2The method of Lagrange multipliers

IB Optimisation

2.1 Complementary Slackness

If we introduce a slack variable

z

, we note that changing the value of

z

j

does not

affect our objective function, and we are allowed to pick any positive

z

. Hence if

the corresponding Lagrange multiplier is

λ

j

, then we must have (

z

∗

(

λ

))

j

λ

j

= 0.

This is since by definition

z

∗

(

λ

)

j

minimizes

z

j

λ

j

. Hence if

z

j

λ

j

6

= 0, we can

tweak the values of z

j

to make a smaller z

j

λ

j

.

This makes our life easier since our search space is smaller.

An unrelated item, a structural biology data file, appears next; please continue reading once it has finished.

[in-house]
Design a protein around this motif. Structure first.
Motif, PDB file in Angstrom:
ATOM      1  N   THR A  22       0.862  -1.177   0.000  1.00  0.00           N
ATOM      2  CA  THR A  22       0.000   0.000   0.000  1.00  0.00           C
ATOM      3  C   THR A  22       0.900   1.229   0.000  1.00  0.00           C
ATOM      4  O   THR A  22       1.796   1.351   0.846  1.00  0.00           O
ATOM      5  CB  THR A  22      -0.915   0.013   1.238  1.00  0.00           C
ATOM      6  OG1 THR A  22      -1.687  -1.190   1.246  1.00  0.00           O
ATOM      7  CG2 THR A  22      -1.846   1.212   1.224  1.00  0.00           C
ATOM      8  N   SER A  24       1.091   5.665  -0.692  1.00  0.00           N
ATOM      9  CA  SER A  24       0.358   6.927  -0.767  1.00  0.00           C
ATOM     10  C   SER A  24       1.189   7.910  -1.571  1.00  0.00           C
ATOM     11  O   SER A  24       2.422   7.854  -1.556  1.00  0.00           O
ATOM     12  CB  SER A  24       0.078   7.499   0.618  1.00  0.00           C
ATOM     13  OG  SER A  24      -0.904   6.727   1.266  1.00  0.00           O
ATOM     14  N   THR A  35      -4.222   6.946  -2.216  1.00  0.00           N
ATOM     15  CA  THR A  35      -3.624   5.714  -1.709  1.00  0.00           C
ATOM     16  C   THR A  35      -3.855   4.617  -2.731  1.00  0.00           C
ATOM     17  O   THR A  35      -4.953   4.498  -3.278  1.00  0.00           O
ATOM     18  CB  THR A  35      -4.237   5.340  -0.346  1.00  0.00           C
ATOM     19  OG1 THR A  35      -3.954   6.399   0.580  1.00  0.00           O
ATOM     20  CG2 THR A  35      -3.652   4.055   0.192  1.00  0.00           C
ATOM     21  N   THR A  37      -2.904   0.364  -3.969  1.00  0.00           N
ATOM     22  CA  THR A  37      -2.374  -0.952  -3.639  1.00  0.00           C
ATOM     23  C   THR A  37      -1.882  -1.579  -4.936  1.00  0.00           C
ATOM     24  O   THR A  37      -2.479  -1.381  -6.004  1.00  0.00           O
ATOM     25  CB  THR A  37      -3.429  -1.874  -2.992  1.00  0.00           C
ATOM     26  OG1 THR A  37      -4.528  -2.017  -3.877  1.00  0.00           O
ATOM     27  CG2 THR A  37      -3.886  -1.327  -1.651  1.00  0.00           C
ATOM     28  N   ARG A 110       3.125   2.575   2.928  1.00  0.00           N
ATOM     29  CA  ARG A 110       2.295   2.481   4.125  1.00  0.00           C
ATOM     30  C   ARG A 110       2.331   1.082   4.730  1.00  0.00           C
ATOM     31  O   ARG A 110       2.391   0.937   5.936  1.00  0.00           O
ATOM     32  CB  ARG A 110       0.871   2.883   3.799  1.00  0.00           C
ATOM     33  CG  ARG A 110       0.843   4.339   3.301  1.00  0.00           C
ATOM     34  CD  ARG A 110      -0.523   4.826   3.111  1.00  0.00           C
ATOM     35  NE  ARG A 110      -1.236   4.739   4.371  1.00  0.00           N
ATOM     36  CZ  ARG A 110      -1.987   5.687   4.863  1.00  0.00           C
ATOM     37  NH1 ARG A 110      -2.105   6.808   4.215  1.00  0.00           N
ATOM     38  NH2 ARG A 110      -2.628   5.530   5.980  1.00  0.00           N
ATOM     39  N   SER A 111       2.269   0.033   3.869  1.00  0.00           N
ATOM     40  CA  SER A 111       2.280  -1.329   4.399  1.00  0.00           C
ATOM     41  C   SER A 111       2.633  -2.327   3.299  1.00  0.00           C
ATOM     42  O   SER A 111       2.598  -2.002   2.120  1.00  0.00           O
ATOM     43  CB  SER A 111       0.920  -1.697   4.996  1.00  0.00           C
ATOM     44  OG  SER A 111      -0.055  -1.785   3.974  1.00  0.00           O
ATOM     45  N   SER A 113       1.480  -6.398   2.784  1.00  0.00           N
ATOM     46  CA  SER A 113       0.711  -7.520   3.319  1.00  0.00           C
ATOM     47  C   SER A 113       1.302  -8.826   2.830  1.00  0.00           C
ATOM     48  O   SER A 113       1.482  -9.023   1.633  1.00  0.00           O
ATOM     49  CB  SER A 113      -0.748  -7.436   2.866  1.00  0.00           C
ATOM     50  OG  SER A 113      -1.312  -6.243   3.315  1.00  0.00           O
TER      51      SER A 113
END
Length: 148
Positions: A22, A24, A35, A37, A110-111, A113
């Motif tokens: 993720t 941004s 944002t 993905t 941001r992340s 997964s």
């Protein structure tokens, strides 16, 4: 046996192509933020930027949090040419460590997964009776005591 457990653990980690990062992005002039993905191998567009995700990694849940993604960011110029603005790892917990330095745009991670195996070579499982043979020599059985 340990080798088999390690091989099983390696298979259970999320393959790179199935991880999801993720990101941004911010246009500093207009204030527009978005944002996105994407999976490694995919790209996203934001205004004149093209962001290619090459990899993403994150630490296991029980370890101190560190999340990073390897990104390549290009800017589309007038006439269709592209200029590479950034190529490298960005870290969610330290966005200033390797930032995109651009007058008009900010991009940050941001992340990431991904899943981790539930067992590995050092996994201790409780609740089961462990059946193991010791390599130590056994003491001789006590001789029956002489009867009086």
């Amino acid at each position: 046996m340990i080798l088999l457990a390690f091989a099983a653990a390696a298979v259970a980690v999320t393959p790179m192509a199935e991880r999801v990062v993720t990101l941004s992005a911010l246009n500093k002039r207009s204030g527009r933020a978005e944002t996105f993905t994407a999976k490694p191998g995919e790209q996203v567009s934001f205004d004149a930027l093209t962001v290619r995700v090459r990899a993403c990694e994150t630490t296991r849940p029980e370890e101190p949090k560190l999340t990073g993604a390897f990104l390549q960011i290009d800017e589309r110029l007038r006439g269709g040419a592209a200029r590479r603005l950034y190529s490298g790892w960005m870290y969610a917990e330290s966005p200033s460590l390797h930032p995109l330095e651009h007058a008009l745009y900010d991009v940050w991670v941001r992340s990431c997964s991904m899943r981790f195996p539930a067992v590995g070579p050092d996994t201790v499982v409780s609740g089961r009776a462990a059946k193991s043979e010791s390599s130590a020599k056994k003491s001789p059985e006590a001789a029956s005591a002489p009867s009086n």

Example. Consider the following problem:

maximize x

1

− 3x

2

subject to

x

2

1

+ x

2

2

+ z

1

= 4

x

1

+ x

2

+ z

2

+ z

2

= 2

z

1

, z

2

≥ 0.

where z

1

, z

2

are slack variables.

The Lagrangian is

L(x, z, λ) = ((1−λ

2

)x

1

−λ

1

x

2

1

)+ ((−3−λ

2

)x

2

−λ

1

x

2

2

)−λ

1

z

1

−λ

2

z

2

+4 λ

1

+2 λ

2

.

To ensure finite minimum, we need λ

1

, λ

2

≤ 0.

By complementary slackness,

λ

1

z

1

=

λ

2

z

2

= 0. We can then consider the

cases λ

1

= 0 and z

1

= 0 separately, and save a lot of algebra.